We would appreciate any thoughts


#1

This is my 11 y.o. son. He’s come a long way with his pitching, his confidence on the mound has increased and he really enjoyed himself this season. I’ve learned a ton here and we hope that you will be so kind as to give us your thoughts on how he can improve.

Thanks again.

Doublebag


#2

I would say that the biggest thing is to improve his stride.


#3

A leg kick and push off when pitching goes a long way.


#4

Thinking out loud, I am going to state what I see. Maybe others can comment on my thoughts or tell me if I am going in the wrong direction.

  • Balance and posture/head movement. Though there is some head movement toward second base at the outset, it is toward homeplate though the rest of his delivery. His head stays over his belly button and there is little or no movement toward first or third. His stride is neither too open (toward first) nor too closed (toward third). I think he does pretty well here.

*Linear momentum/stride length. From what I have seen and read, stride length is a function of linear momentum toward home plate. Starting with his feet closer together might get him moving toward home plate quicker which could increase his linear momentum and increase his stride length. On the other hand, the movement away from home appears to serve a loading function on his post leg. A loss of this loading might offset any momentum gains. I am inclined to keep his starting position and continue with step behind drills and Hershiser drills to work on linear momentum.

*Glove side control. He is pretty consistent with his glove, though I would like to see his glove higher and more out over his stride foot. I’d also like to see more conscious “chest to glove” and less passive tucking of the glove.

*Rotation/hip-shoulder separation. This is where I see the most potential gain. He seems to have very little separation between his hips and shoulders, which gives the appearance of thowing with a lot of arm. This seems to be improving gradually as he gets stronger, but a higher glove position out in front of the stride foot should help buy time for later shoulder rotation.

  • Intent. He has a fairly smooth looking delivery. This masks some of his velocity, which compares to most of the 12 y.o.'s in the league (a year older). Neverthess, throwing with more intent should help improve his velocity.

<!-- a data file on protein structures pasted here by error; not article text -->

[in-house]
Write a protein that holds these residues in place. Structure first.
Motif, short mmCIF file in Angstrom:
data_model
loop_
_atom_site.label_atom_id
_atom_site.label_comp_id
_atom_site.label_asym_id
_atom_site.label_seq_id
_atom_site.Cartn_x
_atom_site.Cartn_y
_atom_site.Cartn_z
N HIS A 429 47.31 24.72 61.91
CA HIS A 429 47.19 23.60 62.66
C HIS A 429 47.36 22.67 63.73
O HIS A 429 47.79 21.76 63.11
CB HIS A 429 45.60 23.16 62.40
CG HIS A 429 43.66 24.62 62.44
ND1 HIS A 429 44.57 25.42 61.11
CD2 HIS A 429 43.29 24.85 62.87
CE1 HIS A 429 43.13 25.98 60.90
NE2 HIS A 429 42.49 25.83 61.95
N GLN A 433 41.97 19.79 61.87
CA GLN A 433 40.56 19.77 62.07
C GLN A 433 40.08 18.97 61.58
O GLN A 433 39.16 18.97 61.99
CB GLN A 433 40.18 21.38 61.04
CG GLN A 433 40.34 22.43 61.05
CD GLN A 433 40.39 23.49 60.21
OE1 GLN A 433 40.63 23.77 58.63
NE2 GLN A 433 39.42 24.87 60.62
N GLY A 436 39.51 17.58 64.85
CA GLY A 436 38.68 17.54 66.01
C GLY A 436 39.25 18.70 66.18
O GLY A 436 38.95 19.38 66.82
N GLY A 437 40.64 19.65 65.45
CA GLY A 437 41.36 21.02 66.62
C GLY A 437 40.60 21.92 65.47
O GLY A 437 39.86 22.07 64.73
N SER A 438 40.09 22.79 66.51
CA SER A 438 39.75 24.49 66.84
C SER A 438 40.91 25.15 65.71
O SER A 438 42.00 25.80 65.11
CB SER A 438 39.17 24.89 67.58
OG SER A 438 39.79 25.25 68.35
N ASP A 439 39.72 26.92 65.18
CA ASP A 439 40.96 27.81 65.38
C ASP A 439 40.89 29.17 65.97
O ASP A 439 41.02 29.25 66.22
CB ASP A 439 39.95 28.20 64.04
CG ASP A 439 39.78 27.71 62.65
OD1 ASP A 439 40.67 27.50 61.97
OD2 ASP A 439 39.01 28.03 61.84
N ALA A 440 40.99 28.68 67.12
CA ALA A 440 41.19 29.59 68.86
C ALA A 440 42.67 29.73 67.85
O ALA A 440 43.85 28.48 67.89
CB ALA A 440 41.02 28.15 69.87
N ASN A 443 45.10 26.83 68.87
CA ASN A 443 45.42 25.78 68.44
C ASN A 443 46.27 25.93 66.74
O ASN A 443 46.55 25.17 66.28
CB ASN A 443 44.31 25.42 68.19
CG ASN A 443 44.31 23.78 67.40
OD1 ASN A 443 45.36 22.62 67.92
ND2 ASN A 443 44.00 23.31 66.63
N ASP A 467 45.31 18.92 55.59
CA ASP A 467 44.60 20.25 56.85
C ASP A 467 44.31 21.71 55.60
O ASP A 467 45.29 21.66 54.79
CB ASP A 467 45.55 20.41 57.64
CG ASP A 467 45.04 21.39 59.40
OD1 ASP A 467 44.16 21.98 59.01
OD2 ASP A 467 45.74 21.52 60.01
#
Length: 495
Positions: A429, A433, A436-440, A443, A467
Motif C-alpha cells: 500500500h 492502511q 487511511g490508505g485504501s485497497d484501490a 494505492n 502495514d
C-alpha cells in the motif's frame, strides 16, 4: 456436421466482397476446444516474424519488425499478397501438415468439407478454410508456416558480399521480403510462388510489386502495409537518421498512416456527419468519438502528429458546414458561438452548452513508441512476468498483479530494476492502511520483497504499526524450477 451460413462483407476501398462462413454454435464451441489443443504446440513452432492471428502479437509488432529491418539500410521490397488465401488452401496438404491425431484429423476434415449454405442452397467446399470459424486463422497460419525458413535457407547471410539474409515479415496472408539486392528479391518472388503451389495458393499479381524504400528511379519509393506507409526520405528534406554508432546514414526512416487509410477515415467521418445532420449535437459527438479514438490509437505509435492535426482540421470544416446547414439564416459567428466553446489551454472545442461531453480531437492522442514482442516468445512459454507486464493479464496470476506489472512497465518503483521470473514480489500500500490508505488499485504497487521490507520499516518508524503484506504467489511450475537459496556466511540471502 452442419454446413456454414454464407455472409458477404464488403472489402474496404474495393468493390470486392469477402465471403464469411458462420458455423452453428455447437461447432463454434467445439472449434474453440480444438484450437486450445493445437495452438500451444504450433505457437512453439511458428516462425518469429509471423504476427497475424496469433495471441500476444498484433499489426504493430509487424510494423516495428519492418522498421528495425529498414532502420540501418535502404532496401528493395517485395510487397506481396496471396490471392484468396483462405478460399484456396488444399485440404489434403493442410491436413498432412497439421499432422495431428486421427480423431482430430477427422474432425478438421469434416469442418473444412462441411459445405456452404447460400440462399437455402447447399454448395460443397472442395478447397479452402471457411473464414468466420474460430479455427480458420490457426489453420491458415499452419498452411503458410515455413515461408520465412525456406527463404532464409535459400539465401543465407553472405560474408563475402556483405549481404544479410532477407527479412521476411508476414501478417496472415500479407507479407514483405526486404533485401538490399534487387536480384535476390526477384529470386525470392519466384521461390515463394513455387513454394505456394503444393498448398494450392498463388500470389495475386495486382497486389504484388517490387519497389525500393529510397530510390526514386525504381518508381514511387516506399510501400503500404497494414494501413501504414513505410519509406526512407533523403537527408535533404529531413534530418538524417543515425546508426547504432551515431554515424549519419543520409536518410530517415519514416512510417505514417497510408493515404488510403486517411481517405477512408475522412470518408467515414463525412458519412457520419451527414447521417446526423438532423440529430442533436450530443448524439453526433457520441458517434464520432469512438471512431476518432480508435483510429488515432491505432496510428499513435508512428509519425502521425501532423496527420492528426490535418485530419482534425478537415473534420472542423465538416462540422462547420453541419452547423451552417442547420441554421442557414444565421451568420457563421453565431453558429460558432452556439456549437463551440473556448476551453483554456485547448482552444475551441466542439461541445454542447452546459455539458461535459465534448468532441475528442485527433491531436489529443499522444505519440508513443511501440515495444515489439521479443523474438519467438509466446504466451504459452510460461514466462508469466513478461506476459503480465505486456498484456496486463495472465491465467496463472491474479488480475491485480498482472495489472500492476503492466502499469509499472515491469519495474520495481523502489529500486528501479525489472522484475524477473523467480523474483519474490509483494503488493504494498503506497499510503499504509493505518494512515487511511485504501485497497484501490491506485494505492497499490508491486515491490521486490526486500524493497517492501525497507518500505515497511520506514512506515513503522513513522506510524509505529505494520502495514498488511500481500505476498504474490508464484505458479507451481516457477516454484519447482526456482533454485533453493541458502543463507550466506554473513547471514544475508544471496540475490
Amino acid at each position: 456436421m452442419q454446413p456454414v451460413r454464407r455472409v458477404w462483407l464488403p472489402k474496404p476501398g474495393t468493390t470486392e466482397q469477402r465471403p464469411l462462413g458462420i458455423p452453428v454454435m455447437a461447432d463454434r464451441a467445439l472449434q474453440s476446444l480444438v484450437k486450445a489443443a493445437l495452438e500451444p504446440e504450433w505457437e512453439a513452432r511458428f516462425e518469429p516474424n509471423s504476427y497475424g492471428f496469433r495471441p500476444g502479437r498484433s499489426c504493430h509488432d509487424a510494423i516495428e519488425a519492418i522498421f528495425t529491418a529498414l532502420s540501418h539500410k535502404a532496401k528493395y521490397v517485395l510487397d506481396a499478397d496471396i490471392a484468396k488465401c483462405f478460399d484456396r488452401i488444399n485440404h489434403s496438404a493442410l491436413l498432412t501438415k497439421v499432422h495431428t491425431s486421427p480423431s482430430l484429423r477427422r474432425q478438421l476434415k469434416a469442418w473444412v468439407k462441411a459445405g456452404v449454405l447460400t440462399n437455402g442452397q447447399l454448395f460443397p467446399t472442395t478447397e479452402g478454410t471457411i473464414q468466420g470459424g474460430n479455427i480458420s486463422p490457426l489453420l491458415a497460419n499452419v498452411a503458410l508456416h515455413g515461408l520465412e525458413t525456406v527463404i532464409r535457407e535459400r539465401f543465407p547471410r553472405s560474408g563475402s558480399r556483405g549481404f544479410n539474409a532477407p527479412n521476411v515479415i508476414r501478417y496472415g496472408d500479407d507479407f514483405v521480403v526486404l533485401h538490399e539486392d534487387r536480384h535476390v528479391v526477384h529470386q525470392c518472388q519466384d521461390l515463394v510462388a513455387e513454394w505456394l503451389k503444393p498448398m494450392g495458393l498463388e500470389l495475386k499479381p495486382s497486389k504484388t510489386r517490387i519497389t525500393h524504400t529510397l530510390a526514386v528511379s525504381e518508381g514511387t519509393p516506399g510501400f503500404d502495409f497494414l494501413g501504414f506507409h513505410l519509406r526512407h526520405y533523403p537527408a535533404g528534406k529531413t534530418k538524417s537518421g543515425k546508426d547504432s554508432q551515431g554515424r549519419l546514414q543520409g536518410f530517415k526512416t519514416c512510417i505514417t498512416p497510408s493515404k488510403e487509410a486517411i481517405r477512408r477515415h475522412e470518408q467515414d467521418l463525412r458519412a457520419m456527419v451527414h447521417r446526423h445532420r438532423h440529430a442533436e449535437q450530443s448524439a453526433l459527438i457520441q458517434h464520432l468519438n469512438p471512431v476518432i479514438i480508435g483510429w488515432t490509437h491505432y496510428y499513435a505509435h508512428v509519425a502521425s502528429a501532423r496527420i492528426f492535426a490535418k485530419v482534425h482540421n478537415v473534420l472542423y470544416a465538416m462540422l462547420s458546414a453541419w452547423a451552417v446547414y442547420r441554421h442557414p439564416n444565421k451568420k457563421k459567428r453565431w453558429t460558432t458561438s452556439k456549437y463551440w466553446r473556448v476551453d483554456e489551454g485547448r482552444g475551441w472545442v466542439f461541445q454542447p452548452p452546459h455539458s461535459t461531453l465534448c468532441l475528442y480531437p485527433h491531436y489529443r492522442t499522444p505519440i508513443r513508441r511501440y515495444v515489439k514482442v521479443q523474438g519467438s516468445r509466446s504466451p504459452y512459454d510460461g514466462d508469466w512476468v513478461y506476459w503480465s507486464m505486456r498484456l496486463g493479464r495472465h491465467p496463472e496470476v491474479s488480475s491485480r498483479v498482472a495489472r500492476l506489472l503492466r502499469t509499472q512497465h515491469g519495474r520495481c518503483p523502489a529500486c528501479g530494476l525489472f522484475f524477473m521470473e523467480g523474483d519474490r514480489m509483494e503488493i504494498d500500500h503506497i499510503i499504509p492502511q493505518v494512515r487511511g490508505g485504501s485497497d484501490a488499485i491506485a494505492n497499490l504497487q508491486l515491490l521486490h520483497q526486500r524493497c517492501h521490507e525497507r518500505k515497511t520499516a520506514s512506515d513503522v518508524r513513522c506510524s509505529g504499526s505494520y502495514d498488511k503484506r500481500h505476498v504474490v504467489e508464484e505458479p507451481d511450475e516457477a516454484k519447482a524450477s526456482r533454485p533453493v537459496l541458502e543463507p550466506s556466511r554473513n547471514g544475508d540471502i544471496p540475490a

Thanks for your help.

Doublebag


#5

Also remember that while his torso hip seperation is not great right now he is only 11. He has nowhere near the strength of say a Tim Lincecum or a CC Sabathia. These pitchers are full matured and have developed high amounts of athletic strength. Not to say that your son shouldn’t work on perhaps staying closed longer, I’m just saying that he should gain more seperation and velocity as he gets older and stronger.


#6

[quote]*Rotation/hip-shoulder separation. This is where I see the most potential gain. He seems to have very little separation between his hips and shoulders, which gives the appearance of thowing with a lot of arm. This seems to be improving gradually as he gets stronger, but a higher glove position out in front of the stride foot should help buy time for later shoulder rotation.

Also remember that while his torso hip seperation is not great right now he is only 11. He has nowhere near the strength of say a Tim Lincecum or a CC Sabathia. These pitchers are full matured and have developed high amounts of athletic strength. Not to say that your son shouldn’t work on perhaps staying closed longer, I’m just saying that he should gain more seperation and velocity as he gets older and stronger.[/quote]

Thanks, Priceless. This is a very good point.

I’ve wondered, and maybe others could comment, whether hip/shoulder separation is a function of strength, flexibility, or motor skill development (or a combination of the three).

Frankly, it doesn’t seem to take much strength to rotate the hips independently of the shoulders, but it does take some flexibility. I can see how more strength would increase the torque generated when the shoulders are subsequently brought back into alignment with the hips.

It also seems that the natural human tendency is to rotate the hips and shoulders simultaneously or to intiate trunk rotation with the shoulders. This leads me to believe that hip/shoulder separation is partly a learned skill.

Thanks.

Doublebag